Wednesday, February 13, 2008
A Special One Day Trip Down South (West)
I just returned home at 2 AM Sunday night, along with my oldest daughter, from Corpus Christi, TX, where we spent about 3 and a half hours.
My last remaining grandparent is around 91 years old and has just joined an outpatient hospice program. Considering how things have been going recently, I felt that if I wanted to see her again, now is the time. So two weeks ago, we scheduled this trip. My oldest (almost 9 year old) daughter and I made the trip, both leaving and returning on Sunday. We brought my grandmother 15 pictures of the children and a beautiful letter that my daughter wrote her in school.
My grandmother grew up reform and lived as secular a life as possible. Except for having her sons get Bar Mitzvas in the 1950's, they were twice-a-year-Jews. Not only that, my father tells me that anything Jewish basically makes her feel very nervous and uncomfortable. That is why there were two things from our visit that show me that there is still a spark of Jewishness burning inside her.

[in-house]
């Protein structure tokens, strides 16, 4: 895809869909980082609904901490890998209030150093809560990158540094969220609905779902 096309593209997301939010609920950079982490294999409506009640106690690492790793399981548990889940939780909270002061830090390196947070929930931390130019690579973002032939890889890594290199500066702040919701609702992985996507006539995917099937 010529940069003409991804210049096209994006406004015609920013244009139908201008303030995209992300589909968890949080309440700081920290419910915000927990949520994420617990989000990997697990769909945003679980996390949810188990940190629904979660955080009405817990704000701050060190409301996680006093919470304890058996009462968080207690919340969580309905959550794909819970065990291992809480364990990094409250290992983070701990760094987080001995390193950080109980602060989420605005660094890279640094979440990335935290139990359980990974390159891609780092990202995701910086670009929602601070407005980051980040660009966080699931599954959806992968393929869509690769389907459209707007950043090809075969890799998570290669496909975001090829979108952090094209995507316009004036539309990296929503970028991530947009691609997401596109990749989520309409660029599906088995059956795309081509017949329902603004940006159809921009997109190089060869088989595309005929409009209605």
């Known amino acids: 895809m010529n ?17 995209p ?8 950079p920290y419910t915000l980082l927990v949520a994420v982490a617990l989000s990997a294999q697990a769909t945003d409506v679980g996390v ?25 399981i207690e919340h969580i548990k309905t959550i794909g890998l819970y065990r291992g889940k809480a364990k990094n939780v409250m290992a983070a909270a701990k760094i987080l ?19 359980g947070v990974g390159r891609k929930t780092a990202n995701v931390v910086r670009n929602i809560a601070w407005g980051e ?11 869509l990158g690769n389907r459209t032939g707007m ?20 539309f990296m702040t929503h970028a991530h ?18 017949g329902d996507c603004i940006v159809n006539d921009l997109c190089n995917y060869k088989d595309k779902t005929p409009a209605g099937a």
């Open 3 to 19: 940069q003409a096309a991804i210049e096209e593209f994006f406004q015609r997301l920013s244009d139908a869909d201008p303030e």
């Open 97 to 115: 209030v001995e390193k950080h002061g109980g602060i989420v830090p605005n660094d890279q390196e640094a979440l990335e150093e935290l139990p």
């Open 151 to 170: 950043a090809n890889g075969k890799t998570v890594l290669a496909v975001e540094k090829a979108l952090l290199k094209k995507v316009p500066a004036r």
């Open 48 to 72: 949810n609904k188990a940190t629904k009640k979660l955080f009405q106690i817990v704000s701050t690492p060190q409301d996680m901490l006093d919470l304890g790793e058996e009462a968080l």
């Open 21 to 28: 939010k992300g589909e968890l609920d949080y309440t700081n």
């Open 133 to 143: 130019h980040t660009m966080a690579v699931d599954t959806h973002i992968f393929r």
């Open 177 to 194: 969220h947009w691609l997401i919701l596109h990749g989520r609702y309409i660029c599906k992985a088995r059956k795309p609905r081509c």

During our visit, we went into her bedroom to be with her for only short visits. In between, we sat in her living room to let her rest and gain strength. She is still very lucid and has a good memory most of the time. However, during one period when we were in the living room, she called out my name and asked me to come in. What was her question? She asked me what her father's name was. I didn't know, so I called my parents and came back in to tell them his and her mother's names. She said she was just thinking about him being a very good man. I also think, though, that seeing her grandson and one great-granddaughter who were obviously Jewishly connected made her think about her Jewish roots, which is probably why she thought to ask about her father.
The other thing was that at one point, when I was leaving her room, she asked me if I always wear the Yarmulka. I told her that I did and she responded that "That's good." It sounds like a small thing, but for someone who's spent virtually her entire life squirming around anything Jewish, that's a big deal. The fact that she is happy that her grandson is "Jewish enough" to wear his yarmulka all of the time means to me that, at this point near the end of her life, she is comforted by the knowledge that she is leaving behind a committed Jewish line in the family.
Besides the fact that I think we made her happy and she seemed to be very satisfied that she was able to see us again, it was also a learning experience for my daughter, who got to be moser nefesh, to sacrifice, to travel on a tough trip to do the mitzva of Bikur Cholim, visiting the sick, and see her great-grandmother for the first time in her memory.
(Picture of a Corpus Christi sunset courtesy of blog.360)
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